Election offices are facing a staffing crisis as the 2024 election approaches. Local election offices and colleges can tackle this problem together by making use of the existing Federal Work Study Program to place students with understaffed election offices. This report poses — and answers — key questions that college administrators and election officials may have about pursuing such a program. Notably, as the report details, such a program would not require new federal authorizing legislation, and there are no legal barriers in the way of expanding work-study community service partnerships to include election offices. It merely requires colleges and election officials to work together to tackle the urgent problem of election office staffing.
With the 2024 election on the horizon, it is crucial to come up with a fresh approach to address this issue. One promising solution is to tap into the vast pool of college students across the nation and recruit them to serve as election workers in their local election offices through school-run programs.
Are we running out of election workers?
Election workers have traditionally operated behind the scenes and out of the public eye. The effects of the COVID pandemic, threats and harassment from conspiracy theorists, insufficient resources, and growing demands on their limited time have made it increasingly difficult to staff election offices and polling places. During the 2016 election, election officials operated 116,990 polling places with 917,694 poll workers, according to the Election Assistance Commission. In 2020, the number of polling places increased by 13% (15,566) while the number of poll workers decreased by 15% (142,593). In these past two presidential election cycles, more than half of poll workers across the nation have been older than 60 years old.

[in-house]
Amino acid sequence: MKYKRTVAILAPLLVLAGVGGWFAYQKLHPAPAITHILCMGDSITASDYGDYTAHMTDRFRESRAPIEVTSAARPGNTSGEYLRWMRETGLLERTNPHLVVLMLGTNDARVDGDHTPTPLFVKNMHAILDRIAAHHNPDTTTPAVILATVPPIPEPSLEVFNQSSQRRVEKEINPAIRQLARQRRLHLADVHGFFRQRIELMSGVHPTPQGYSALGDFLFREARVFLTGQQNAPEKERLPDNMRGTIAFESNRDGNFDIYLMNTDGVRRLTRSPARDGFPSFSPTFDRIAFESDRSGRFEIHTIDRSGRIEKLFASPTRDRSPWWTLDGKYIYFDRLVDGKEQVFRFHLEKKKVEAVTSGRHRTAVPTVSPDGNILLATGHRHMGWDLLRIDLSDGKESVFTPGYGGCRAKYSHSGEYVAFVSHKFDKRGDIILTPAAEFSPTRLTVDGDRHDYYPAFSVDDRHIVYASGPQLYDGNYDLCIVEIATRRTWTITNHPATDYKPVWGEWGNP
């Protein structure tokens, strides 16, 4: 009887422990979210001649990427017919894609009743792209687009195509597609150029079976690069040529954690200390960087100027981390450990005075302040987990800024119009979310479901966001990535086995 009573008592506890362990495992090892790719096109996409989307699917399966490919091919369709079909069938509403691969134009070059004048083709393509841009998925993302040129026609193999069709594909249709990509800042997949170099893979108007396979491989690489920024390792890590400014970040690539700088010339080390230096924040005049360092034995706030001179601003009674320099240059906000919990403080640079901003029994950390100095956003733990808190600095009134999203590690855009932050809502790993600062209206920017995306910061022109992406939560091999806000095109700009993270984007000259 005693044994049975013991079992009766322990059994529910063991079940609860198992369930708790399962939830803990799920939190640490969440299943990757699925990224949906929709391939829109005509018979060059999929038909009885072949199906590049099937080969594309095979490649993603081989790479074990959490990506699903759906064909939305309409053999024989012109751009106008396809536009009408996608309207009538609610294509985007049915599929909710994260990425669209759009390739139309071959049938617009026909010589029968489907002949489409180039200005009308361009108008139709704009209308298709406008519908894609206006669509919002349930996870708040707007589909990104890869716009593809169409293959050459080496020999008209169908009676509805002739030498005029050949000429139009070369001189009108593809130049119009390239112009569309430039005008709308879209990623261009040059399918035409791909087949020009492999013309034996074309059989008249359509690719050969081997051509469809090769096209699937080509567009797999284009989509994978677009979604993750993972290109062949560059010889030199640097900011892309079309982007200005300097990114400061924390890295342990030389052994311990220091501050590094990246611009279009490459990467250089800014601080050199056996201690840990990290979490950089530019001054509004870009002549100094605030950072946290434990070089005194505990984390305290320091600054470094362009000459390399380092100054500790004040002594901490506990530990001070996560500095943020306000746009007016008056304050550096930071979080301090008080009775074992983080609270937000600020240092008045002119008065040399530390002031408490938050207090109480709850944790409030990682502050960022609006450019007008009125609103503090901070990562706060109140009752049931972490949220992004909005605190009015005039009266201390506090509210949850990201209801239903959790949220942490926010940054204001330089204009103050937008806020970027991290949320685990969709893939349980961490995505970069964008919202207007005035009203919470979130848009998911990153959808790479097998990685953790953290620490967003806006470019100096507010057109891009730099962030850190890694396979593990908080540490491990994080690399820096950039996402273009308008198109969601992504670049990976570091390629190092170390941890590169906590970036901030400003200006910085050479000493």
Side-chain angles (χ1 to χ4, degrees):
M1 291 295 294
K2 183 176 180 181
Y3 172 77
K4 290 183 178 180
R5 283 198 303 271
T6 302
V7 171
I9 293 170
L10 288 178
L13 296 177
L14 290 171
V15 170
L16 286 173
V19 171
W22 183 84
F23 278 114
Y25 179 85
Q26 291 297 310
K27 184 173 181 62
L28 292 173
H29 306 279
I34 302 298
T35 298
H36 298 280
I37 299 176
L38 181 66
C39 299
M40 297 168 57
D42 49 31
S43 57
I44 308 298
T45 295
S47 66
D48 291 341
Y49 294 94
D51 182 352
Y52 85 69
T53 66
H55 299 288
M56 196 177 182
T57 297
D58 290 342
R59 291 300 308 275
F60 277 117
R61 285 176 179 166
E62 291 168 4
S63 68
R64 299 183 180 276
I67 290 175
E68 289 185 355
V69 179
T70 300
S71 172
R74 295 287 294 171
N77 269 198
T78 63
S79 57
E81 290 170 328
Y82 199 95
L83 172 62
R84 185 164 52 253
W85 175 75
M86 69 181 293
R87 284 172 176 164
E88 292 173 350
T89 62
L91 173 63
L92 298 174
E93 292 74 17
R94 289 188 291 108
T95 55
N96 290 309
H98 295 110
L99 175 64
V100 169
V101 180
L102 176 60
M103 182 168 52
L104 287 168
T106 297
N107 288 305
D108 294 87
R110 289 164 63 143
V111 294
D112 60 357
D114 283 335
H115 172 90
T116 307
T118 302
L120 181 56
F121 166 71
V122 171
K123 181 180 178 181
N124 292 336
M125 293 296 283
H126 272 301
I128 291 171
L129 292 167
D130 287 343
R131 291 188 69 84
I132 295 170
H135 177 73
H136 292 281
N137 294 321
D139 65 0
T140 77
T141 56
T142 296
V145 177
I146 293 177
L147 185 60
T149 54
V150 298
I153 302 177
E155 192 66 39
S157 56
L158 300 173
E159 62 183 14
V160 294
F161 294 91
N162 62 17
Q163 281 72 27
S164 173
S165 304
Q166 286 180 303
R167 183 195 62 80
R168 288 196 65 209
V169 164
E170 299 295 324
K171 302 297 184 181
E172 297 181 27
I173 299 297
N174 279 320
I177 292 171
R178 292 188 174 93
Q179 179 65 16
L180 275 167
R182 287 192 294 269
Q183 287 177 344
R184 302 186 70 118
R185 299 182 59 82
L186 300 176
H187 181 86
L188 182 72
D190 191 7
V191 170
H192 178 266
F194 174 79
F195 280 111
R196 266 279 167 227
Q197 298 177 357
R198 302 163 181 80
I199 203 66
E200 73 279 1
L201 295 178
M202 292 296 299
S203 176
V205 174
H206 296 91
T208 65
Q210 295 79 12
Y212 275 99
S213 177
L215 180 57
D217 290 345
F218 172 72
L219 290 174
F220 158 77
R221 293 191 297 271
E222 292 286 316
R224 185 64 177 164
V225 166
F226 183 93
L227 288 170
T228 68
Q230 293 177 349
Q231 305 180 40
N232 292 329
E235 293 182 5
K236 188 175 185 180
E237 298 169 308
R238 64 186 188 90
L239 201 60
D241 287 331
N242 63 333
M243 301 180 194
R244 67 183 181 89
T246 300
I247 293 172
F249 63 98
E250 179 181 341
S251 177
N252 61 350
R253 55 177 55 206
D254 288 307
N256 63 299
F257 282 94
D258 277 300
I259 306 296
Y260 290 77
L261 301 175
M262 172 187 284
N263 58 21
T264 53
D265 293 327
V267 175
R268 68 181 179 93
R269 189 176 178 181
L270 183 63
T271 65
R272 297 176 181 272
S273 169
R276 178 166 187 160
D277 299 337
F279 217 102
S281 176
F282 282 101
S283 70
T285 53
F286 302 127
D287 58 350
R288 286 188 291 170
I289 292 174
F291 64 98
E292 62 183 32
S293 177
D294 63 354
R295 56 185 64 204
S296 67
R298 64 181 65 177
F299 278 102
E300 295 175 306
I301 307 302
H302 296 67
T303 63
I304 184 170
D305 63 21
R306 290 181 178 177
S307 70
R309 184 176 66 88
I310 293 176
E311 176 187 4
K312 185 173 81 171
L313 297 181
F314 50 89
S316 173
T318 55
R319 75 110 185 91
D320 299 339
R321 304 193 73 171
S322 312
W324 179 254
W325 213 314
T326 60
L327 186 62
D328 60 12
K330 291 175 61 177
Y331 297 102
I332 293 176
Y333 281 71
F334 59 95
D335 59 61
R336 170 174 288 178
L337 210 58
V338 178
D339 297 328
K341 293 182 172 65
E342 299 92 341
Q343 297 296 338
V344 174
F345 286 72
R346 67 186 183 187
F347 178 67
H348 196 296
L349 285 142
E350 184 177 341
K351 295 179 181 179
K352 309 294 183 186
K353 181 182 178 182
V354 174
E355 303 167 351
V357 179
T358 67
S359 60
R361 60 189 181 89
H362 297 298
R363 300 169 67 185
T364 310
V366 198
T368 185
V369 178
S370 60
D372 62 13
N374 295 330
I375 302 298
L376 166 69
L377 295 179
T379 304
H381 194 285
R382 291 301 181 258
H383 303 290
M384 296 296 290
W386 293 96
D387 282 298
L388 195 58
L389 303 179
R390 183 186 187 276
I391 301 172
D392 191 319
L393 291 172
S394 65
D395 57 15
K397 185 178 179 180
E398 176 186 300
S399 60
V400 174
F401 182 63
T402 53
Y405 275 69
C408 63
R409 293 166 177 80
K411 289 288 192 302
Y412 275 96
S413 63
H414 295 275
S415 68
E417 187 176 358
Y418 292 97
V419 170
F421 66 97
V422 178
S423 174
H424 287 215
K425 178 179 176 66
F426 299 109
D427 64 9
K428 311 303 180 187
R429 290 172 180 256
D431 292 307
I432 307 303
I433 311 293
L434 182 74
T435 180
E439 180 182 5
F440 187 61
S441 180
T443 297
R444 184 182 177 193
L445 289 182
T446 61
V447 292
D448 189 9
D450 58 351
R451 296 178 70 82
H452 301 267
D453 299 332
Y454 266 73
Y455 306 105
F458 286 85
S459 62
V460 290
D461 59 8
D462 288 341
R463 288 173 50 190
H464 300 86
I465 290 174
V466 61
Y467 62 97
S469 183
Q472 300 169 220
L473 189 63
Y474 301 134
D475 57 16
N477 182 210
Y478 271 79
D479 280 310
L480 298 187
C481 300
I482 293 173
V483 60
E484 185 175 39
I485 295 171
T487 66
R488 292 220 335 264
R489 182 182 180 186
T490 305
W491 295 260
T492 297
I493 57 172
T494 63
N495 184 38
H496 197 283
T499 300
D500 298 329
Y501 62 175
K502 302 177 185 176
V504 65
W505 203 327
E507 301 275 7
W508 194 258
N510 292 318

The loss of experienced poll workers and election officials is a growing concern, largely attributable to the perceived dangers and political concerns that come with the job. Ensuring election offices are properly resourced for the 2024 election is essential to improving voter access and confidence. Properly staffing elections offices helps to prevent mistakes, ensure proper ballot preparation, and reduce lines at the polls.
Number of Polling Places and Poll Workers in 2016 vs. 2020
Could higher education take an active role in the election process?
The 2020 election resulted in record-breaking voter turnout by college students. However, these efforts were primarily student led. More college and university administrators should take it upon themselves to facilitate connections between their local election offices and their schools to encourage voter participation — and civic engagement to support elections behind the scenes.
There are deeper ways to engage with and support our democracy than just voting. Working as a poll worker or in an election department could provide students with in-depth knowledge about our election system and a sense of the importance of local government service. Getting students into election offices will not only help solve the critical shortage of election workers, it could also help create a new generation of more civically engaged young Americans. The best way to accomplish this is through a program that already exists — the Federal Work Study Program — which would use federal funds to give students the opportunity to work in election offices.
What is the Federal Work Study Program and how does it work?